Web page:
thursday i had one of the most amazing experiences i’ve had while at Cooper. john hedjuk, the dean of the architecture school, gave a lecture. i had seen some of his work (he is more of an architectural theorist than a designer — publishes books rather than erecting buildings. in fact, the only thing he’s ever designed and built was the renovation of the interior of Cooper’s Foundation Building.) and was rather perplexed by it. he’s an extremely devout Catholic, so most of his stuff was composed of allegories that i didn’t quite understand; sketches of crucifixions, bizarre watercolors and poetry. but hearing him speak — i can’t even explain it. his work made sense. he’s not a good speaker by any means; his Bronx accent was an interesting compliment to the intimate and personal poetry he read to us. although he is built very large (some have called him the brontosaurus of architects), cancer has made him much weaker. formerly, he ignored the rules and smoked wherever he pleased, in the studio, lobby or library; everyone else followed suit. now no one dares to light up in the building. he couldn’t even stand up for an hour to talk to us, and his words weren’t delivered smoothly. but they were chosen very carefully, and we leaned forward to catch every one.
he hadn’t given a lecture for fifteen years, he said, but he felt he needed to give one now. i found out later, much to my dismay, that he wouldn’t allow anyone to tape this one. i don’t remember very many specifics of what he said, just the power of his words. he showed some slides — pen-and-ink sketches of chapels he had designed — read some poetry, and talked about growing up in the Bronx. the structure of his speech didn’t even make very much sense. but he was so honest that it was all the more compelling that way.
the thing that struck me the most was this: here was a deeply religious man who had committed himself to architecture. many make architecture their religion; he made religion his architecture. i had questioned my choice of study in such a secular environment — where the only thing that matters is that you get your very own way. is this any place for a Christian? hedjuk proved that it could be, and it was. his work is beautiful — although i don’t understand why he lacks the desire to build some of his creations, i can appreciate them just as much unrealized. the title of the lecture was “sanctuary,” and he listed a few things that were sanctuaries for him: music, books, Cooper Union, and architecture. he pours his religion into all aspects of his life — in that sense, he’s someone i can look up to and admire. i’m glad to finally find a positive role model at my school, because i *don’t* want to end up like abraham.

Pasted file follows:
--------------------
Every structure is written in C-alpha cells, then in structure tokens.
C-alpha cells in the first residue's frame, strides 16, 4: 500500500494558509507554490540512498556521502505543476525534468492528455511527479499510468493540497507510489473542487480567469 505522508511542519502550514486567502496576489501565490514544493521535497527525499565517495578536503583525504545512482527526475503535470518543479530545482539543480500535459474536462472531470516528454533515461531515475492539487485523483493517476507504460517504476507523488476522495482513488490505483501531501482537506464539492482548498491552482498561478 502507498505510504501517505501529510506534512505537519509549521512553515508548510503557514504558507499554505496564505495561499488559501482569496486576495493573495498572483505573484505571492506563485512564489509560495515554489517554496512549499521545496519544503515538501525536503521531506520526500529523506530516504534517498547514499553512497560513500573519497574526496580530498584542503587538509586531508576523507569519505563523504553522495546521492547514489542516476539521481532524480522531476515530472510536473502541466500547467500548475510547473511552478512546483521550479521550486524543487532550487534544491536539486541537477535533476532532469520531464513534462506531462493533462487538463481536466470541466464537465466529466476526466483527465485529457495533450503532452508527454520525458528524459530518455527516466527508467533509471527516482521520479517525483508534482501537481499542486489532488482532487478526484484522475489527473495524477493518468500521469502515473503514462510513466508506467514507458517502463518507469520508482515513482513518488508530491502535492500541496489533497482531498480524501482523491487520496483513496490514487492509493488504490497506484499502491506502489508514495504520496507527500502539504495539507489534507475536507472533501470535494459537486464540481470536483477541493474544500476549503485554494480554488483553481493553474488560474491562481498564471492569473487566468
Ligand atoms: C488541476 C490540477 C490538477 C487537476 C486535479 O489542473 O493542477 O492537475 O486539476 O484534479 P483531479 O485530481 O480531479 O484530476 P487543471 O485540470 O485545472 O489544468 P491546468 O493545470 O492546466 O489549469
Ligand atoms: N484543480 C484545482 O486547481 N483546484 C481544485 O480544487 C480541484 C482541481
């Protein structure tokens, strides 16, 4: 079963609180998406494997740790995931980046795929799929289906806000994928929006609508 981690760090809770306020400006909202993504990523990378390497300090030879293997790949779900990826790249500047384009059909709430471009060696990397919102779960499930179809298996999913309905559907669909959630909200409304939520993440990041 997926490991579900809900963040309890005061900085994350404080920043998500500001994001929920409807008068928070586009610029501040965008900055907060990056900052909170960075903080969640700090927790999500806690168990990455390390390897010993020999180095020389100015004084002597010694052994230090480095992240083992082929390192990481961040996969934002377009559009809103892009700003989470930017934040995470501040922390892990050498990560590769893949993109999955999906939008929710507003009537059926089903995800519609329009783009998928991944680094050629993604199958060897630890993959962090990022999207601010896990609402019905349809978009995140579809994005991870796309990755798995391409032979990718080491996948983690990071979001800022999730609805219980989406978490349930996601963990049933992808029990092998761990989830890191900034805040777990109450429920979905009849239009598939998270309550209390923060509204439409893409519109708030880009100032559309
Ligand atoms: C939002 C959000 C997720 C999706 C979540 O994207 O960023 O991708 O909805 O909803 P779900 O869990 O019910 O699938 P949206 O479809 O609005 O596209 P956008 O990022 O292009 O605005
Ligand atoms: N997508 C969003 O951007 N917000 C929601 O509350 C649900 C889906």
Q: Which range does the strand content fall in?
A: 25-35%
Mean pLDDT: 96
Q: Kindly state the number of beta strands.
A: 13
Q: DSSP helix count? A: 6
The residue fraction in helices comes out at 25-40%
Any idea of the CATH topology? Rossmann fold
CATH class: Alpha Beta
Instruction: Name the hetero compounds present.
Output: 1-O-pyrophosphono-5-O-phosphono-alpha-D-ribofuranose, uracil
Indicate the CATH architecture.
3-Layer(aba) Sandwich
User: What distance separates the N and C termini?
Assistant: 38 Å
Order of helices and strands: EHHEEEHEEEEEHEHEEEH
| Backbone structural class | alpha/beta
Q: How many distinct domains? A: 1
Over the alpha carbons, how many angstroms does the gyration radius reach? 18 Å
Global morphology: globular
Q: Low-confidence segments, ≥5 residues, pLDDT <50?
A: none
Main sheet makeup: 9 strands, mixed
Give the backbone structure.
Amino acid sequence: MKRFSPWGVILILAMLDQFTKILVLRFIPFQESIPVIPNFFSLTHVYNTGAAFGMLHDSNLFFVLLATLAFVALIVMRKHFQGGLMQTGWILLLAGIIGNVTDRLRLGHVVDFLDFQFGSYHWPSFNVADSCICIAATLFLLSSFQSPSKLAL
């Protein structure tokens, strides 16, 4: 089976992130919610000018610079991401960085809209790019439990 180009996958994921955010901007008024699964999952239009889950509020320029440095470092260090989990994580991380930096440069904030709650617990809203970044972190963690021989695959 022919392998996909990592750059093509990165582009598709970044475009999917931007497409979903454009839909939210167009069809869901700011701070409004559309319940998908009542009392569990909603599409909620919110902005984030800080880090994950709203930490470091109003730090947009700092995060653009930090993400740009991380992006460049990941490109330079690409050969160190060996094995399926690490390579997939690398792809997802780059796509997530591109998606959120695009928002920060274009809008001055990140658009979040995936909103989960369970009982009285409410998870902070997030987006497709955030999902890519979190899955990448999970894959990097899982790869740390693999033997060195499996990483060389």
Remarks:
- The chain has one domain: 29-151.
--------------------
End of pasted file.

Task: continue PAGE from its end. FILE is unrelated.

i was much too awed then to go back to the studio, so i went and bought one of his books. i rationalized the expense because it was the first architecture book purchased out of my own pocket. i’ve been poring over it every spare minute since. it was then that i realized something: i really love architecture. when i came here, it was an interest — just one subject of many that i wanted to study. now it’s become something i’m totally devoted to. i travel all around the city to hear architects speak and to see exhibits of their drawings. most of my photos for photo class are of buildings. although i’m confused by the problem presented to us by our professors, i work on it until i can’t think anymore, and then some. i spend my time at bookstores reading all the magazines i’m too poor to buy, and books that make me break the Tenth Commandment. despite all of the unpleasant experiences i’ve had with temperamental and prima donna professors, i have found something that i love.
so, on that warm and fuzzy note i leave you. at 2:00 this morning i boarded a train for home — Orthodox Lent begins tonight with a service called Forgiveness Vespers. tonight i will forgive all offenses committed against me by my brothers and sisters and ask their forgiveness for my own — which, i fear, are far more numerous. :) i will spend the rest of the day here, in the comfort of my own home and my own cat and daddy’s omelets, which are smelling *awfully* good. mmmmmm.